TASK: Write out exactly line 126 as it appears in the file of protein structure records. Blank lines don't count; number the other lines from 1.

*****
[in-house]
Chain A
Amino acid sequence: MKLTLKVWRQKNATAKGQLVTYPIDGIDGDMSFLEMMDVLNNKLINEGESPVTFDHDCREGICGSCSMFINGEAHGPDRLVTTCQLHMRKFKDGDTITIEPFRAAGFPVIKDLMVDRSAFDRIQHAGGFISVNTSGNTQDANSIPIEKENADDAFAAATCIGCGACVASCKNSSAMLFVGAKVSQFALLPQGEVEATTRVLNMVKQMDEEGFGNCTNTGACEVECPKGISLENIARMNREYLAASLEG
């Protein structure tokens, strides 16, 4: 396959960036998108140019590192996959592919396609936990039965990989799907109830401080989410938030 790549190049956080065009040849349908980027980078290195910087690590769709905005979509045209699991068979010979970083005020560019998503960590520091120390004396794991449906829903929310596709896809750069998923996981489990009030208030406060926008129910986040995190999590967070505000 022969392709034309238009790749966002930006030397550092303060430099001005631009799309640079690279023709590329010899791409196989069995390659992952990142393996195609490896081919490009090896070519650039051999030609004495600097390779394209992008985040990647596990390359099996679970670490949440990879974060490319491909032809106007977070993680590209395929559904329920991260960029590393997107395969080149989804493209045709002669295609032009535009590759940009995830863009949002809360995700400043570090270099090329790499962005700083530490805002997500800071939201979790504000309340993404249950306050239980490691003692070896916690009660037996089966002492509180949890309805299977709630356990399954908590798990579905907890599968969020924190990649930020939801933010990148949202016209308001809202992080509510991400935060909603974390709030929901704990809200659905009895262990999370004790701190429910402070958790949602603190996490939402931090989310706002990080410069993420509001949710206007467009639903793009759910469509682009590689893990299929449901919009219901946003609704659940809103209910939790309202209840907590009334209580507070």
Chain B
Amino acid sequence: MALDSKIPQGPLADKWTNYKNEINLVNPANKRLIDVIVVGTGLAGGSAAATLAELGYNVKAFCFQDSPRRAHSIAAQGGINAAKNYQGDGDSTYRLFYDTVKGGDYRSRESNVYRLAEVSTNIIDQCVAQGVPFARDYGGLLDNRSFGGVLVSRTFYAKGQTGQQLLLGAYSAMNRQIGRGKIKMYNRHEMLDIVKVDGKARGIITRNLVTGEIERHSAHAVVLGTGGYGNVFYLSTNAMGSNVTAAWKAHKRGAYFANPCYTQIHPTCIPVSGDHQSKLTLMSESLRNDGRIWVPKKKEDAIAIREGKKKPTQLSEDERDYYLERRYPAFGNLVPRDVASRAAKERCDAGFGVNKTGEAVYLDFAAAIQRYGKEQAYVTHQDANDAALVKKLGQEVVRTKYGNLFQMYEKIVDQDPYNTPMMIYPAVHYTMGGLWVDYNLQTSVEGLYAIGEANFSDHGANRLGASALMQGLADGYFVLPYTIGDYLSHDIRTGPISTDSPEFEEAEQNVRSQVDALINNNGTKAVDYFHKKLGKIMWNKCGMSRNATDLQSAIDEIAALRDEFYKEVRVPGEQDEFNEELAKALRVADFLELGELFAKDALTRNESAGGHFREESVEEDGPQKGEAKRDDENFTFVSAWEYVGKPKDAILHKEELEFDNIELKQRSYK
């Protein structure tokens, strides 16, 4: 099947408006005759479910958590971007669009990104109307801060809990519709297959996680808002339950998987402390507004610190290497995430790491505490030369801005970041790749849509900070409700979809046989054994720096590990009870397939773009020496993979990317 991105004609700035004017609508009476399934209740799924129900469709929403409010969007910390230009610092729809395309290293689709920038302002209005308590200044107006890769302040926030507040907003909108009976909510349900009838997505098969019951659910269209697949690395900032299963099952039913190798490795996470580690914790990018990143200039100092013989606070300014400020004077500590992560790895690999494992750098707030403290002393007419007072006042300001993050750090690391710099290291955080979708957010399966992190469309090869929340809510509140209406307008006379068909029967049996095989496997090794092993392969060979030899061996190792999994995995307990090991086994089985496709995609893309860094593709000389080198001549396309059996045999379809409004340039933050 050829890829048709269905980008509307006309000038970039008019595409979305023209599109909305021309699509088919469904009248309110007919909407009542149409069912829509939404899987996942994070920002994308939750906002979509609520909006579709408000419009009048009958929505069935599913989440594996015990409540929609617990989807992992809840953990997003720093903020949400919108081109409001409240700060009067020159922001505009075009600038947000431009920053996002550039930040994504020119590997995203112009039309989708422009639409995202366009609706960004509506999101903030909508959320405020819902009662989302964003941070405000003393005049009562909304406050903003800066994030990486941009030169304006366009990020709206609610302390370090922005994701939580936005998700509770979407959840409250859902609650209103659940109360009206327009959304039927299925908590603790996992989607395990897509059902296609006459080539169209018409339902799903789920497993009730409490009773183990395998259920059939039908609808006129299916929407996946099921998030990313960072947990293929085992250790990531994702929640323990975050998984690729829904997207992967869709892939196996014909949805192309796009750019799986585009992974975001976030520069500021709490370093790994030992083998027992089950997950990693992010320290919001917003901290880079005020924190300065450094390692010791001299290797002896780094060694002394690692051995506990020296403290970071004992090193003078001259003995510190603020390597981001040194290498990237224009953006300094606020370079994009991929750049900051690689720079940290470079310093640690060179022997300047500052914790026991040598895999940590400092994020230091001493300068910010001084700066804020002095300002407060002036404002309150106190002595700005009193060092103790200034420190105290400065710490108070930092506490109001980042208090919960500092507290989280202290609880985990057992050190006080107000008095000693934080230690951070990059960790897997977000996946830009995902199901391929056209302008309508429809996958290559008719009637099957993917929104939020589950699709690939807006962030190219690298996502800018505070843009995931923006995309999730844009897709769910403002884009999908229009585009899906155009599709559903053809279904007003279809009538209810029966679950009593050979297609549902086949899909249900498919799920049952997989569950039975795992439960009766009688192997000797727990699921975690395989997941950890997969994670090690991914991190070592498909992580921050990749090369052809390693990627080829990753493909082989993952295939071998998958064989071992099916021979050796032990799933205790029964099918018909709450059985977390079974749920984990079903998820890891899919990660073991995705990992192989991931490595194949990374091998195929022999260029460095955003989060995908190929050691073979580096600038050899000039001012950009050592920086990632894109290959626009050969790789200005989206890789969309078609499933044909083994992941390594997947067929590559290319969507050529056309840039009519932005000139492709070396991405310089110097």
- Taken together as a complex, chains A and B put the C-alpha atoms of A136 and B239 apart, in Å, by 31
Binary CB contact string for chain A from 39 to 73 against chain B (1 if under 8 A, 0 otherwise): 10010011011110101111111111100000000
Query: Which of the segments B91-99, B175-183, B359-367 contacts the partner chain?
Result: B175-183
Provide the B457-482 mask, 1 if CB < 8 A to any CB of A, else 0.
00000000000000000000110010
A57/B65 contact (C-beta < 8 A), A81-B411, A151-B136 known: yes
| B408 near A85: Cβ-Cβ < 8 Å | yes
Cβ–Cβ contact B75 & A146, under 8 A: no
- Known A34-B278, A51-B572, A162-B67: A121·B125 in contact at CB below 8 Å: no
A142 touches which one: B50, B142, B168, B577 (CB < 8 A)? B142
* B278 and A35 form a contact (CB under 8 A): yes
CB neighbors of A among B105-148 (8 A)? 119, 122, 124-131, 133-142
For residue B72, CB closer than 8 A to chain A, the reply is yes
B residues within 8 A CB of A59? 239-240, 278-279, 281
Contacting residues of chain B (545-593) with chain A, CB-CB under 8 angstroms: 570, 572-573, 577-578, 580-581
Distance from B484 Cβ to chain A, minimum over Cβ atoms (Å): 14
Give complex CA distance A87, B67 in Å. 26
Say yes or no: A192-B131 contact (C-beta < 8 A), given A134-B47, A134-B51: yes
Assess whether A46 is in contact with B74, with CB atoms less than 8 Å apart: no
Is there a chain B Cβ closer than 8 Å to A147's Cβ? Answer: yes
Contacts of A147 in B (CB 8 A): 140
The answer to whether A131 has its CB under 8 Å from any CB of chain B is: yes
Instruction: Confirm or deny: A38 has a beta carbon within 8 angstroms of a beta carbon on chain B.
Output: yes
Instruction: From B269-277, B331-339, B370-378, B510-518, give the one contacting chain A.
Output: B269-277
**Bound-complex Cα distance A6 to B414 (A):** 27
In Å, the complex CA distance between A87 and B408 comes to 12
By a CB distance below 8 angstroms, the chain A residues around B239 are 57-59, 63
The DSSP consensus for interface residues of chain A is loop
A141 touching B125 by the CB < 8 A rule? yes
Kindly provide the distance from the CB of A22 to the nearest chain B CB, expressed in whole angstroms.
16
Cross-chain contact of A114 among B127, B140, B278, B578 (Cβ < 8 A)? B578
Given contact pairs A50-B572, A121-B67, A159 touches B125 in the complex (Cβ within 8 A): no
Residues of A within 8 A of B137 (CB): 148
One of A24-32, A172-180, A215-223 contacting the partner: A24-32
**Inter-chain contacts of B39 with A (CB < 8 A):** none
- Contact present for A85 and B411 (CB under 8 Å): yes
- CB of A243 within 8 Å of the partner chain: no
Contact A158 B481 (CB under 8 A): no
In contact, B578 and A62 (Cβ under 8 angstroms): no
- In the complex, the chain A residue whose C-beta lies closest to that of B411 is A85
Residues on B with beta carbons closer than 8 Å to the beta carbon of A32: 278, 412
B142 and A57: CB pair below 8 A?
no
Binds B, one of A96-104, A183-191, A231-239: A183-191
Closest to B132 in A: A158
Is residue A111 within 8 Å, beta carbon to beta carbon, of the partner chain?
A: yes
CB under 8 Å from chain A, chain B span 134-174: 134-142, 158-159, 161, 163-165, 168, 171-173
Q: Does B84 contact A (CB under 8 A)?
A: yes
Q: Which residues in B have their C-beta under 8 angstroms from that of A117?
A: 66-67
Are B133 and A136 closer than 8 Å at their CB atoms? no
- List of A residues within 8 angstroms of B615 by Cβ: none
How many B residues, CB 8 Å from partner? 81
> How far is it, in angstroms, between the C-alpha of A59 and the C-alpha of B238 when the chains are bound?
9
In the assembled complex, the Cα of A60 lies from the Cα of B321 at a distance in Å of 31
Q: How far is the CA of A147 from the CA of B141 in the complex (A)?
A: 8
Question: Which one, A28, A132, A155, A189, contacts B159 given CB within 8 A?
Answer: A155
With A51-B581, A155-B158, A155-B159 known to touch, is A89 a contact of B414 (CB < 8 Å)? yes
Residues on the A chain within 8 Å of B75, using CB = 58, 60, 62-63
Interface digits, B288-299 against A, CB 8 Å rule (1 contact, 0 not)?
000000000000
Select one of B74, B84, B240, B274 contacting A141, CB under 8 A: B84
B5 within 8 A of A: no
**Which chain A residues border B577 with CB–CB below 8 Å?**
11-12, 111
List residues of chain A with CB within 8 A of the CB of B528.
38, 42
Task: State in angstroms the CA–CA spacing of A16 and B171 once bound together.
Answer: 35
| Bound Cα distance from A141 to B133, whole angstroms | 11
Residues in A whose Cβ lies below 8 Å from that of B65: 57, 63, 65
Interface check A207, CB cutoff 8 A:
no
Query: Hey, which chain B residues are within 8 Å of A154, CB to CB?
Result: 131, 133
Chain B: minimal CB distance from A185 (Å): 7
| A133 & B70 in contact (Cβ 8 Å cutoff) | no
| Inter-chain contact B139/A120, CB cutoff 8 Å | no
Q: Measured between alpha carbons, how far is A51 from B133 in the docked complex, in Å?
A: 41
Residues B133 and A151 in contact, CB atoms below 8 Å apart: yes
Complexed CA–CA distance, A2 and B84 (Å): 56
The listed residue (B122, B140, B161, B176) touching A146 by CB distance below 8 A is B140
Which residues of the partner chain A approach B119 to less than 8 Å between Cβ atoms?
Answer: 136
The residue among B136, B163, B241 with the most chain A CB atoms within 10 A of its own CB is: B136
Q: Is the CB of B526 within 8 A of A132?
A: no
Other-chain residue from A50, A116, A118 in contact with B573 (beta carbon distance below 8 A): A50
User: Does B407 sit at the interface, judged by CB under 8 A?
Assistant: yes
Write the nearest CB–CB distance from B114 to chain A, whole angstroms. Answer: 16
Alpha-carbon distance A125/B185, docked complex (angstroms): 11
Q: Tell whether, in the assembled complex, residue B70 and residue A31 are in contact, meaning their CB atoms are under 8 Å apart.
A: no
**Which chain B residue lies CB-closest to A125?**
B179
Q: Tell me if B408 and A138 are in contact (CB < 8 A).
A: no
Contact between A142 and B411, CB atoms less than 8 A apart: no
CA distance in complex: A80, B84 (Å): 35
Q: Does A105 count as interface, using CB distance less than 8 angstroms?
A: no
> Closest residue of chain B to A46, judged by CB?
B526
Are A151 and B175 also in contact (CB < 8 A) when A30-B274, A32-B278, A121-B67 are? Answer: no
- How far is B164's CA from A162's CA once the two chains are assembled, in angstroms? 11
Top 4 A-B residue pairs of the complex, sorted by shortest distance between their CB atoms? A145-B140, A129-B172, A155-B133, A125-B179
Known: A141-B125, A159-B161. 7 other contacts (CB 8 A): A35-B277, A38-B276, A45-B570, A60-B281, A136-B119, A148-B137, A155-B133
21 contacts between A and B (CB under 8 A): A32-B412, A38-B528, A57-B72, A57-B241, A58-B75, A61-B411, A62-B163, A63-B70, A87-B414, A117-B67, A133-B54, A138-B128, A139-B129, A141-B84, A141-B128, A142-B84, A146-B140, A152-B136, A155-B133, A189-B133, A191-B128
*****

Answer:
21 contacts between A and B (CB under 8 A): A32-B412, A38-B528, A57-B72, A57-B241, A58-B75, A61-B411, A62-B163, A63-B70, A87-B414, A117-B67, A133-B54, A138-B128, A139-B129, A141-B84, A141-B128, A142-B84, A146-B140, A152-B136, A155-B133, A189-B133, A191-B128